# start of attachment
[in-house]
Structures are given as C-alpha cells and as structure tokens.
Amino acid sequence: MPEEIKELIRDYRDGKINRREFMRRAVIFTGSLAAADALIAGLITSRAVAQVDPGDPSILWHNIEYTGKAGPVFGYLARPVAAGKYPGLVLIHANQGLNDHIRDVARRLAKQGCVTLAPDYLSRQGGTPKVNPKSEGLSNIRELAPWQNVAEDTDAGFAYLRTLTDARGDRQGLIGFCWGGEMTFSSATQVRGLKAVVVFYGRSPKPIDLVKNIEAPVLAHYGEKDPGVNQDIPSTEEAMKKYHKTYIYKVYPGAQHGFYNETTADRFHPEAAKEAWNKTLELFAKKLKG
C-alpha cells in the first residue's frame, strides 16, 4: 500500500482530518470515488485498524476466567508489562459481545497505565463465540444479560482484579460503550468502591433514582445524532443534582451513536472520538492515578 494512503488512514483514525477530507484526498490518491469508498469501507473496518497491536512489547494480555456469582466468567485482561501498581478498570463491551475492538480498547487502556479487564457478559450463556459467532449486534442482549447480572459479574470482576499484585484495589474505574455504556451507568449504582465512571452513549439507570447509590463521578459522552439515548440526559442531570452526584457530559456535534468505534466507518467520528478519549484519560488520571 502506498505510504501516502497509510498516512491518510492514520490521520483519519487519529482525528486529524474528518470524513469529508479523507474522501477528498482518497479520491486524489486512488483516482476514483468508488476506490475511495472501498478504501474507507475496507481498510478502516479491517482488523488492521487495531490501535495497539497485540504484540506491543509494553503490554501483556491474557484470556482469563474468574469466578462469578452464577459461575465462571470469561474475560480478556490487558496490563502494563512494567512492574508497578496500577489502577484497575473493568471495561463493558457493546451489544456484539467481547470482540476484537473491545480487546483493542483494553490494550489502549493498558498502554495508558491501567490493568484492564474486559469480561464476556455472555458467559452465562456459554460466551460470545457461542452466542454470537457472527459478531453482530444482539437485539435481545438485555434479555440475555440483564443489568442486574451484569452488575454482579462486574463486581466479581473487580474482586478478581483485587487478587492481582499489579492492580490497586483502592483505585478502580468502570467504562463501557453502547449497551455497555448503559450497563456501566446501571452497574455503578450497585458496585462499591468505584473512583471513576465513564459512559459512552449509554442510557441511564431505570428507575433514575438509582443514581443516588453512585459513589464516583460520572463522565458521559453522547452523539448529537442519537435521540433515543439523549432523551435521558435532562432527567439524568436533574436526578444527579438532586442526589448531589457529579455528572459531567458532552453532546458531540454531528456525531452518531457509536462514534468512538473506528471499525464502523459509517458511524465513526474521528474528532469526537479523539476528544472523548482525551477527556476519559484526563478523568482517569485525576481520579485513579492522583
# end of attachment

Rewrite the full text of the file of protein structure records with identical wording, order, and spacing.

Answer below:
[in-house]
Structures are given as C-alpha cells and as structure tokens.
Amino acid sequence: MPEEIKELIRDYRDGKINRREFMRRAVIFTGSLAAADALIAGLITSRAVAQVDPGDPSILWHNIEYTGKAGPVFGYLARPVAAGKYPGLVLIHANQGLNDHIRDVARRLAKQGCVTLAPDYLSRQGGTPKVNPKSEGLSNIRELAPWQNVAEDTDAGFAYLRTLTDARGDRQGLIGFCWGGEMTFSSATQVRGLKAVVVFYGRSPKPIDLVKNIEAPVLAHYGEKDPGVNQDIPSTEEAMKKYHKTYIYKVYPGAQHGFYNETTADRFHPEAAKEAWNKTLELFAKKLKG
C-alpha cells in the first residue's frame, strides 16, 4: 500500500482530518470515488485498524476466567508489562459481545497505565463465540444479560482484579460503550468502591433514582445524532443534582451513536472520538492515578 494512503488512514483514525477530507484526498490518491469508498469501507473496518497491536512489547494480555456469582466468567485482561501498581478498570463491551475492538480498547487502556479487564457478559450463556459467532449486534442482549447480572459479574470482576499484585484495589474505574455504556451507568449504582465512571452513549439507570447509590463521578459522552439515548440526559442531570452526584457530559456535534468505534466507518467520528478519549484519560488520571 502506498505510504501516502497509510498516512491518510492514520490521520483519519487519529482525528486529524474528518470524513469529508479523507474522501477528498482518497479520491486524489486512488483516482476514483468508488476506490475511495472501498478504501474507507475496507481498510478502516479491517482488523488492521487495531490501535495497539497485540504484540506491543509494553503490554501483556491474557484470556482469563474468574469466578462469578452464577459461575465462571470469561474475560480478556490487558496490563502494563512494567512492574508497578496500577489502577484497575473493568471495561463493558457493546451489544456484539467481547470482540476484537473491545480487546483493542483494553490494550489502549493498558498502554495508558491501567490493568484492564474486559469480561464476556455472555458467559452465562456459554460466551460470545457461542452466542454470537457472527459478531453482530444482539437485539435481545438485555434479555440475555440483564443489568442486574451484569452488575454482579462486574463486581466479581473487580474482586478478581483485587487478587492481582499489579492492580490497586483502592483505585478502580468502570467504562463501557453502547449497551455497555448503559450497563456501566446501571452497574455503578450497585458496585462499591468505584473512583471513576465513564459512559459512552449509554442510557441511564431505570428507575433514575438509582443514581443516588453512585459513589464516583460520572463522565458521559453522547452523539448529537442519537435521540433515543439523549432523551435521558435532562432527567439524568436533574436526578444527579438532586442526589448531589457529579455528572459531567458532552453532546458531540454531528456525531452518531457509536462514534468512538473506528471499525464502523459509517458511524465513526474521528474528532469526537479523539476528544472523548482525551477527556476519559484526563478523568482517569485525576481520579485513579492522583